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Women who are trying to become pregnant or have recently become pregnant have many things to think about.  From baby names to finding the right stroller or crib to ensuring that she will do everything possible to keep her and her baby safe and healthy, the list seems endless.

“There are many lifestyle behaviors such as regular physical activity, stress reduction, avoidance of toxins, and restorative sleep that support women and their babies during and after pregnancy,” said Dr. Daniel Witkowski, chair of OB/GYN at MelroseWakefield Hospital. “Nutrition is particularly important to supporting a healthy pregnancy.”

Dr. Witkowski offers the following five things to know about pregnancy and nutrition.

Lifelong nutrition goals
“Pregnancy is a unique opportunity to take a step back and re-analyze goals for your overall health,” said Dr. Witkowski. “If you are actively trying to become pregnant, it is a great time to focus on those nutrition goals and a mindset of living healthy. Living a healthy lifestyle is the best gift that you can give yourself and your family.”Dr. Witkowski added that, “rather than choosing the latest fad diet, it is important to focus on the basics about nutrition and the foods we eat.  We can make a huge difference in our nutrition and health by making some simple changes in habits.  For example, make sure that your pantries and refrigerators are well stocked with nutritious options, and planning and preparing healthy meals in advance to help limit the number of times you eat out or take out. This is especially important when it comes to cravings that invariably happen during pregnancy.  You will want to have those healthy, go-to snacks and meals readily available when the cravings arise.”The first trimester can make focusing on good nutrition a challenge if you are experiencing morning sickness (don’t let the name fool you, it can linger all day!). If you are having trouble keeping food down, hydration is of utmost importance (divide your weight by two and drink at least that much water in fluid ounces). Have high protein snacks with you at all times, such as almonds and low-sugar high-protein bars. Morning sickness can be exacerbated on an empty stomach so having small frequent nutrient-dense foods can help.

Nutrient-dense diet
Dr. Witkowski emphasizes that eating plant-based, nutrient-dense food, and limiting processed foods is the key to feeling your best during pregnancy. Nutrient-dense foods are whole, natural foods that are rich in vitamins and minerals and don’t contain the sodium, saturated fats, and added sugars that are in processed foods.  Examples of nutrient-dense foods are fruits and vegetables, including leafy green vegetables, legumes, whole grains, and nuts and seeds. These foods not only contain protein, fat, and carbohydrates but they are also a great source of fiber, which is very important during pregnancy.“The best way to prepare for pregnancy from a nutrition standpoint, is to simplify your life,” said Dr. Witkowski. “By thinking about food prep and portion control in advance, it may be much easier to adapt throughout your pregnancy. Work closely with your physician and his/her staff to plan for times when you may need to increase calories or tweak your nutrition throughout your pregnancy.” If you are looking for more nutrition help throughout your pregnancy, ask your obstetrician to connect you with a MelroseWakefield Healthcare registered dietitian.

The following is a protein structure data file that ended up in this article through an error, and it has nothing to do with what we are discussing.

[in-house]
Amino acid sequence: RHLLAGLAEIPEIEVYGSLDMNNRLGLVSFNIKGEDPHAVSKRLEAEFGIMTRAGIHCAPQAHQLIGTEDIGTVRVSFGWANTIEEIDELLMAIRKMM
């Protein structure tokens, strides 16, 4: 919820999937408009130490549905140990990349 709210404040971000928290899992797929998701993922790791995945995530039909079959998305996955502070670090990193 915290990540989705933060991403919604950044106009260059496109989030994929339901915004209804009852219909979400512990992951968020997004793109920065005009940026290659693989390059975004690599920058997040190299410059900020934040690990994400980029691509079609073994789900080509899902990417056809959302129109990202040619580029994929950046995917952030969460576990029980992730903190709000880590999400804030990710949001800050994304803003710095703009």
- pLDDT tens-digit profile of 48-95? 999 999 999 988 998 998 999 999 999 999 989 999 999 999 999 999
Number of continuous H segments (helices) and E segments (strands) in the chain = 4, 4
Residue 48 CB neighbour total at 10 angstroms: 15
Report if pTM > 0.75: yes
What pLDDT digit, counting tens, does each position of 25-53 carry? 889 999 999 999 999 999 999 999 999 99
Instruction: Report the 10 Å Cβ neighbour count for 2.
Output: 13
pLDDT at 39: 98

“My colleagues and I recommend multivitamins or prenatal vitamins,” said Dr. Witkowski.  Ideally, if you are trying to become pregnant, you can start taking these vitamins even before you conceive.  If you are taking other dietary supplements or herbal supplements should have other than the prenatal vitamins, you should review those with your physician.” A multivitamin or prenatal vitamin should contain at least 400 micrograms (mcg) of Folate (folic acid) to prevent brain and spinal cord birth defects in early pregnancy.

“Many years ago, people would advise pregnant women to avoid eating fish altogether,” said Dr. Witkowski. “While there is some truth to that train of thought, it turns out that what really matters is the type of fish you are eating.”  In general terms, game fish such as tuna, swordfish, bass and bluefish, which are at the top of the food chain, tend to eat many other fish, concentrating the mercury in those fish in addition to their own, adding to the total amount of mercury in their bodies.The bottom feeders such as cod, haddock and flounder typically don’t eat other fish, and therefore don’t collect so much mercury in their systems. Those fish should be fine to eat in moderate amounts.”

 Weight gain
“The phrase ‘eating for two’ is really a misnomer,” said Dr. Witkowski. “The calorie intake needed as the fetus develops doesn’t go up all that much.”  At most, you will require an increase of about 300 calories per day during the later trimesters.“Regular physical activity during pregnancy can help to minimize excess weight gain, improve blood pressure, and decrease the likelihood of developing gestational diabetes.” Check with your OB/GYN team if you have specific questions about continuing or beginning a physical activity routine during pregnancy.

Learn more about our maternity services, having a baby at MelroseWakefield Hospital and OB/GYN care and find an OB/GYN near you.

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